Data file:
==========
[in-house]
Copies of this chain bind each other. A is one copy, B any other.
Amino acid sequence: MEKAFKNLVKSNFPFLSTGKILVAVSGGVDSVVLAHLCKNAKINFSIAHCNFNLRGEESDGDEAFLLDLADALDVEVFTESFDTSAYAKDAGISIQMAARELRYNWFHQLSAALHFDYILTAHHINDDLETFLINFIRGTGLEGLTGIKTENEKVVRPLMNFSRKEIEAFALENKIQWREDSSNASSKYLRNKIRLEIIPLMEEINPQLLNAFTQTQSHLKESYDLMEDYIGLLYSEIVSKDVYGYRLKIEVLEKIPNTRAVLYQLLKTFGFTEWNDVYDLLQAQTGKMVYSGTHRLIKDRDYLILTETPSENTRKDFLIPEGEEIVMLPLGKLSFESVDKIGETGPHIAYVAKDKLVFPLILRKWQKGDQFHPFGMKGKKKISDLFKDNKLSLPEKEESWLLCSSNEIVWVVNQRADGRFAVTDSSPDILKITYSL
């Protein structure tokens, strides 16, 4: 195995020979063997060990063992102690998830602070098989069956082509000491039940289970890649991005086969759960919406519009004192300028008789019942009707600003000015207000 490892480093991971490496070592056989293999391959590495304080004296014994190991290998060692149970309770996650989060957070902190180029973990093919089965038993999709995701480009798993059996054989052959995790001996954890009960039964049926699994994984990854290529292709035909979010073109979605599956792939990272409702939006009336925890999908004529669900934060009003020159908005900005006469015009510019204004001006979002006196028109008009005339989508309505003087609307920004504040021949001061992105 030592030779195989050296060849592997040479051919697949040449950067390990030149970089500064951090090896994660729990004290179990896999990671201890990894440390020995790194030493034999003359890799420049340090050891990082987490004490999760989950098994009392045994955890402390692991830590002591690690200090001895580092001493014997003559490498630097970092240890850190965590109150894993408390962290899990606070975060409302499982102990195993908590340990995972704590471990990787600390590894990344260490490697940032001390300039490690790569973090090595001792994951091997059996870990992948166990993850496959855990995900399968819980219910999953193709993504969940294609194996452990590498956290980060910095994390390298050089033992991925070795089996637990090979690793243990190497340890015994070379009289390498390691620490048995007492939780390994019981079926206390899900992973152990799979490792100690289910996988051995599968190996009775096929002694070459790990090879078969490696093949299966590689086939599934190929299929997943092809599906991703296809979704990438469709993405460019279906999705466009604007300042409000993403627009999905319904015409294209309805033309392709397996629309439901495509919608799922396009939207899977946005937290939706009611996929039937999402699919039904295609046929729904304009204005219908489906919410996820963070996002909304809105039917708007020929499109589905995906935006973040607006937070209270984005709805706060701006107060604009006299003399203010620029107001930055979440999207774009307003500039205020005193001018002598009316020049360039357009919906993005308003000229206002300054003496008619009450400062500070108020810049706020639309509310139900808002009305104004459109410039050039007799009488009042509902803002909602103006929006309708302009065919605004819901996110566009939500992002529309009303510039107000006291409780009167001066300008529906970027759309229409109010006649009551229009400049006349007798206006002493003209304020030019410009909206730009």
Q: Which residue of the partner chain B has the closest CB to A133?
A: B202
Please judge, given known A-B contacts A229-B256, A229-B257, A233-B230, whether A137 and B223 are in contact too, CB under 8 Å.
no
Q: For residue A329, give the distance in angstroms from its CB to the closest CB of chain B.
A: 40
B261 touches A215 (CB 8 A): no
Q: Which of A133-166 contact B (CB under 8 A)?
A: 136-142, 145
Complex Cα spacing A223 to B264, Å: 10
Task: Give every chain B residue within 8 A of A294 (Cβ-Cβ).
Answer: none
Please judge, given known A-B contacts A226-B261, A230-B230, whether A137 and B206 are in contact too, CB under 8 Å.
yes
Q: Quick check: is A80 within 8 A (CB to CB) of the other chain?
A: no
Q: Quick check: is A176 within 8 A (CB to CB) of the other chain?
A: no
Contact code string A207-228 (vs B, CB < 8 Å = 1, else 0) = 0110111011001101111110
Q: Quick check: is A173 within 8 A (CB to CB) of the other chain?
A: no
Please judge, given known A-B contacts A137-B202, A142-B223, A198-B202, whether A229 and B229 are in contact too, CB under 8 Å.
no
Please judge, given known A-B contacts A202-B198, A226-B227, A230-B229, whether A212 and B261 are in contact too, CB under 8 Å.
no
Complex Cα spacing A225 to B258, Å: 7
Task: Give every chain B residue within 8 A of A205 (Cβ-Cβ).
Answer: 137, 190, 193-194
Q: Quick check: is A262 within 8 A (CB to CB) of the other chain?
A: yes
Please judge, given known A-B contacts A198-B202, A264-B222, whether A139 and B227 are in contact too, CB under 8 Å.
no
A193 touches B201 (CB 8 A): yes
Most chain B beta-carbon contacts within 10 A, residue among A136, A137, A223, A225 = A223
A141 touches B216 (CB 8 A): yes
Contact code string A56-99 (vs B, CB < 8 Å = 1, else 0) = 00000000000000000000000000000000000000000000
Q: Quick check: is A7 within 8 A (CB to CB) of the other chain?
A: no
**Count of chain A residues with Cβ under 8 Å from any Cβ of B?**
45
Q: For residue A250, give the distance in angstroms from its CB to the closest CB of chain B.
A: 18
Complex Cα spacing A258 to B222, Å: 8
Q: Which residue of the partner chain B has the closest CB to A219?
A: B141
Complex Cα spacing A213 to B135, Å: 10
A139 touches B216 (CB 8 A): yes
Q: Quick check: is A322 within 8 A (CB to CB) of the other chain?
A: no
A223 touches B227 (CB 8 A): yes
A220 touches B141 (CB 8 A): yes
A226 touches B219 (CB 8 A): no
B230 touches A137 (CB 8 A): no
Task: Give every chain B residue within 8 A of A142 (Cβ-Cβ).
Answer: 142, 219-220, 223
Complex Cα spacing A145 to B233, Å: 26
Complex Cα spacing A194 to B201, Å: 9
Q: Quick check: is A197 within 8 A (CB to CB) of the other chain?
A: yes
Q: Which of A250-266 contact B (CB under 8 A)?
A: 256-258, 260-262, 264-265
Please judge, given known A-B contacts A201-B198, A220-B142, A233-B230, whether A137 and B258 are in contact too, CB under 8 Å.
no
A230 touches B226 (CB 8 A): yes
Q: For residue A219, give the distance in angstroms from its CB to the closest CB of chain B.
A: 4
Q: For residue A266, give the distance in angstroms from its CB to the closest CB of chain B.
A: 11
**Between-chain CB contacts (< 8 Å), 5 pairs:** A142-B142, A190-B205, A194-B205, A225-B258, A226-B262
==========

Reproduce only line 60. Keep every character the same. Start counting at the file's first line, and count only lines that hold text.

Complex Cα spacing A145 to B233, Å: 26